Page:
Immediately before the projectile has reached the target, for example when it is situated 50 to 100 meters from the target, automatic switching to illumination mode, which is illustrated in FIG. 1c, takes place. In this mode the HF multiplexer S1 is locked in the position in which the common contact O is connected to the feeder corresponding to that antenna lobe, within which the target is situated, and the transmitter T is activated. The target area is thus illuminated selectively with a narrow, concentrated radiation beam and during this phase trajectory correction is effected in the following projectile.
As the target tracking device in this example is purely passive it produces no distance information and the switching to illumination mode is therefore timed. The switching can be effected so close to the target that further influence of the guiding means of the projectile is ineffective, for example 50 to 100 meters from the target. Alternatively the illumination mode according to FIG. 1c can take place intermittently and alternate with the passive listening mode according to FIG. 1b during a somewhat prolonged time period at the last part of the projectile trajectory against the target. Instead of time based switching to the illumination mode a separate distance detector can also be used for this switching.
FIGS. 2a, 2b and 2c show the corresponding simplified block diagram for a projectile provided with a target tracking device utilizing radar. In this case the transmitter T is a radar transmitter for transmitting radar signals on command from the unit SE, while the receiver is a radar receiver having substantially the same construction as the receiver described in the foregoing. The antenna is in this example a so called phase controlled antenna Al comprising a number of antenna elements fed from a feeding device MA, which determines the mutual phase position between the activation of different antenna elements and thereby the lobe direction obtained. Also in this case there are two amplifier and detector units FD1 and FD2 followed by two signal processing units SB1 and SB2, which are made alternatively active by switch S2.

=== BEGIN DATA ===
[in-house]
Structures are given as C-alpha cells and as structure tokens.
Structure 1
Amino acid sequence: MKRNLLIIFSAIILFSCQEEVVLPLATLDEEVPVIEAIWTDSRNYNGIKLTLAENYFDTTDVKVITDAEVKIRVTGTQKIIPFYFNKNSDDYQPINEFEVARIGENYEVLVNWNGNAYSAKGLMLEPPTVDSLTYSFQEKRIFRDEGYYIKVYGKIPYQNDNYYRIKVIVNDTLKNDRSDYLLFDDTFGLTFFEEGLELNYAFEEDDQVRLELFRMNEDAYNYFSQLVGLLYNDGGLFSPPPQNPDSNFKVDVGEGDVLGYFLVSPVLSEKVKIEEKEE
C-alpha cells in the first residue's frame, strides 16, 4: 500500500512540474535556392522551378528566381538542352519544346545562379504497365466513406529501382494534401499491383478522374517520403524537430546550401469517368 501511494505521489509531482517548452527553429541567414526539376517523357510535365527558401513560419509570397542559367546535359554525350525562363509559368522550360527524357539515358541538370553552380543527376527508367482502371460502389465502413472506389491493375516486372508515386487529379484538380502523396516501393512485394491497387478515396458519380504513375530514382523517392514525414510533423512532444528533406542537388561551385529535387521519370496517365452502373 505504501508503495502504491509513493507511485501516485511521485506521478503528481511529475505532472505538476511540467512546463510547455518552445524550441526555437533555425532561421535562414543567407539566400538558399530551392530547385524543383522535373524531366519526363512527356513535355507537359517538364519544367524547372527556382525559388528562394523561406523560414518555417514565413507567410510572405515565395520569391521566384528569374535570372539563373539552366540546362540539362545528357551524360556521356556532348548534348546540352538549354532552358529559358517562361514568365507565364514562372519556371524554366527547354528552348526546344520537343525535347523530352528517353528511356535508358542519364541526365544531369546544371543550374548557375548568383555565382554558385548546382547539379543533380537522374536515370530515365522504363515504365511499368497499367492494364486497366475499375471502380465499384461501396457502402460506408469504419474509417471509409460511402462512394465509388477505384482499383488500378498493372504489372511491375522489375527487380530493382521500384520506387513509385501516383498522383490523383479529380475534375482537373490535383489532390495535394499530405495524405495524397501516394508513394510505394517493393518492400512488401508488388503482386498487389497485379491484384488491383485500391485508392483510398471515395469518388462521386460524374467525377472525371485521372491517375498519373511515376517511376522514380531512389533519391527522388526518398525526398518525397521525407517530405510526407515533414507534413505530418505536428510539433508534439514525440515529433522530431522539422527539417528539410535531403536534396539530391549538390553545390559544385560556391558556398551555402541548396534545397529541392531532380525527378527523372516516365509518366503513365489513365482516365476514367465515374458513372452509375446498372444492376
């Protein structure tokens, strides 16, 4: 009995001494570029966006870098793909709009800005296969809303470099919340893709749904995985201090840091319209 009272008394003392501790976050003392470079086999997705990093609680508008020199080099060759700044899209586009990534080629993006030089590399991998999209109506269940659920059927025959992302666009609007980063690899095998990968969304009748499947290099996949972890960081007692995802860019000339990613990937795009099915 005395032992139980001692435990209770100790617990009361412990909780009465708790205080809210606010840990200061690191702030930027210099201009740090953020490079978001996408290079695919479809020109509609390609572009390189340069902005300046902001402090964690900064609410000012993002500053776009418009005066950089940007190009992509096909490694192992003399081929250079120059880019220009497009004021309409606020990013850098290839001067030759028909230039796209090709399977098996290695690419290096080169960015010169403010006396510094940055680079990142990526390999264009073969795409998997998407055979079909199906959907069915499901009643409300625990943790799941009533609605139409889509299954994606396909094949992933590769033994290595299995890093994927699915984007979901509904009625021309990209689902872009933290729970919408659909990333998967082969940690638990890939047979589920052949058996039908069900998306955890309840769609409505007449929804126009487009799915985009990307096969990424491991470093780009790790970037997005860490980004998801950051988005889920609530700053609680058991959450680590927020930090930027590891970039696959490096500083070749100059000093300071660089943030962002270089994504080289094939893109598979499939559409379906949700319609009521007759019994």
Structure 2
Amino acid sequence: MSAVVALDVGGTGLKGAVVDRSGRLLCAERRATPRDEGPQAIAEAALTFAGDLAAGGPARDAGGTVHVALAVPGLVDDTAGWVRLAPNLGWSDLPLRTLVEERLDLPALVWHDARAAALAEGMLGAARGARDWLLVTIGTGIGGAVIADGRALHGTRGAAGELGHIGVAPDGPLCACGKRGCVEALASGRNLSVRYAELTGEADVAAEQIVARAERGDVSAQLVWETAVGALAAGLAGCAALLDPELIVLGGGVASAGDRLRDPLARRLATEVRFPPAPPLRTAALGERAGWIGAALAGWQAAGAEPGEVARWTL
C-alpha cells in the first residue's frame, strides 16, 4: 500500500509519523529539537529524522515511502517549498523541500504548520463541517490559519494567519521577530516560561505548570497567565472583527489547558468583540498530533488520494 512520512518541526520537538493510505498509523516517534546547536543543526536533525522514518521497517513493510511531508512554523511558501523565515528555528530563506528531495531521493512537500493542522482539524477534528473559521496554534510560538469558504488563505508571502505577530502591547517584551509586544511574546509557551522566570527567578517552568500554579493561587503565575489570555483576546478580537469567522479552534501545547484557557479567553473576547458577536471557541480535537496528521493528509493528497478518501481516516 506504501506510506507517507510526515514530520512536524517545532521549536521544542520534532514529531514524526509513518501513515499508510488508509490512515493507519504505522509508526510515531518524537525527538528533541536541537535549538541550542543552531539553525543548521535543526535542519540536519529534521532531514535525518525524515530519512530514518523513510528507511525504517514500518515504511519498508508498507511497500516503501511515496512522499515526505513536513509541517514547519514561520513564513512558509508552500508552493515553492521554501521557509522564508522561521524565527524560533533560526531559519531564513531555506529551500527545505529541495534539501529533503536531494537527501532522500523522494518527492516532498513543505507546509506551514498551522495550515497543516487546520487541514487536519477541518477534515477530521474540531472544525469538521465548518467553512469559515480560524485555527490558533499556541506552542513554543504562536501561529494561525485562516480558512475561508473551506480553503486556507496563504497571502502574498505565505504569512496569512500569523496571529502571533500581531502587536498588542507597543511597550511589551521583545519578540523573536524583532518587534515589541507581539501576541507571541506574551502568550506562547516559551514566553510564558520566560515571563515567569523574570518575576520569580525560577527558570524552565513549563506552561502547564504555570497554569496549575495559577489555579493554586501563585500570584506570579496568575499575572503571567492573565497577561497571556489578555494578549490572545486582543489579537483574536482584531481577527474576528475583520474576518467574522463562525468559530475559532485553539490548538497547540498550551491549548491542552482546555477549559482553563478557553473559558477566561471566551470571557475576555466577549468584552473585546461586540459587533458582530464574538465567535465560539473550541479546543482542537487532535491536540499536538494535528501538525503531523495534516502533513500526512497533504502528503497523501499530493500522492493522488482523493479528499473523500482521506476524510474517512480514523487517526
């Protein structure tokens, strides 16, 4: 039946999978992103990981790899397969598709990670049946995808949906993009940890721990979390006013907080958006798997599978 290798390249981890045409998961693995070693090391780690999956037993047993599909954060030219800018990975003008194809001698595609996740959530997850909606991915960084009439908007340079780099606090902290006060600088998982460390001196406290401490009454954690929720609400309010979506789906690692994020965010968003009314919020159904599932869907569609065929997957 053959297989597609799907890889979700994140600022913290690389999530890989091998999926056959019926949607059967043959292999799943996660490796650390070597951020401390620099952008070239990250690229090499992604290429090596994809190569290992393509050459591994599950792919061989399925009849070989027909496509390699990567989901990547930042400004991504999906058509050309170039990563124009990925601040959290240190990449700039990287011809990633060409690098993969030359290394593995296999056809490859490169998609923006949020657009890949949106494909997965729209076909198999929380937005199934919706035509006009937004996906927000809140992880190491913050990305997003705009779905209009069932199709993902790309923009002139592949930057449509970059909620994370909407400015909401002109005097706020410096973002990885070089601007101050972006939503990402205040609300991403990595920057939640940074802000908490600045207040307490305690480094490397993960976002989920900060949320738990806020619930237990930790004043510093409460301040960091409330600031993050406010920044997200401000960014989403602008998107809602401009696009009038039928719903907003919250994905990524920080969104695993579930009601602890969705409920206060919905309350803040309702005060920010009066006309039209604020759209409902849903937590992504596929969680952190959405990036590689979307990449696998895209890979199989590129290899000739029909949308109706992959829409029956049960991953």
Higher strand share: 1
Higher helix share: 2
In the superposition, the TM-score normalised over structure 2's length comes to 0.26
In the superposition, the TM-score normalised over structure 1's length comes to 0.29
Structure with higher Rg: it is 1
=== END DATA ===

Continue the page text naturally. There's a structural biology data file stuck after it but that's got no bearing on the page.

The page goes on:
FIG. 2a illustrates the situation when a target M has been discovered by the foregoing projectile and is illuminated by the same. The target tracking device in the projectile P operates in the passive mode, meaning that it does not utilize its own transmitter but receives radiation from the area which is illuminated by the foregoing projectile. The switch S2 is in the semi-active mode position k2, causing the reception and the signal processing to be matched to the radiation transmitted from the foregoing projectile. If desired the receiver means in the projectile P can be synchronized with the transmitter in the foregoing projectile PO. The central unit CE utilizes the received and processes target signal to make a calculation of the deviation of the projectile trajectory from a trajectory through the target and effects correction of the trajectory.
In FIG. 2b the illuminating projectile has disappeared and the target tracking device now operates in its normal radar mode. After discovery of the target determination of the target position and guidance of the projectile is effected in usual manner.
In FIG. 2c the projectile is very close to the target and the feeding device MA is locked in a position with such mutual phase difference between the individual antenna elements that the generated lobe is directed towards the target. The transmitter T is activated so that the target is exposed to strong and concentrated illumination serving as an aid for the following projectile.
FIGS. 3a-3c show a projectile comprising an electro-optic target tracking device using laser light. The projectile has in its nose an optic lens LJ which projects an image of the target area lying in front of it onto a detector mosaic sheet D which is scanned by means of an electronically controlled scanning device, for example a CCD (charged coupled device) EA which in turn is controlled by SE. The signal from the detector D is applied via an amplifier F and the switch S2, which has the same function as S2 in the foregoing embodiments, to a signal processing unit SE. For illuminating a target there is a laser source LA cooperating with a fixed mirror SP1 and an adjustable mirror SP2 for transmitting the light via the lens LJ to the target area. The setting of the mirror SP2 is controlled by two motors MO3 and MO4. The mirror is shown in an exaggerated scale for the sake of clearness. Initiation of the laser source LA as well as setting of the mirror SP2 via the motors MO3 and MO4 and also the electronic scanning of the detector D and the setting of the switch S2 is controlled by the unit SE. If desired, a modulator MOD can be included in the control line to the laser source LA for modulating the transmitted laser light.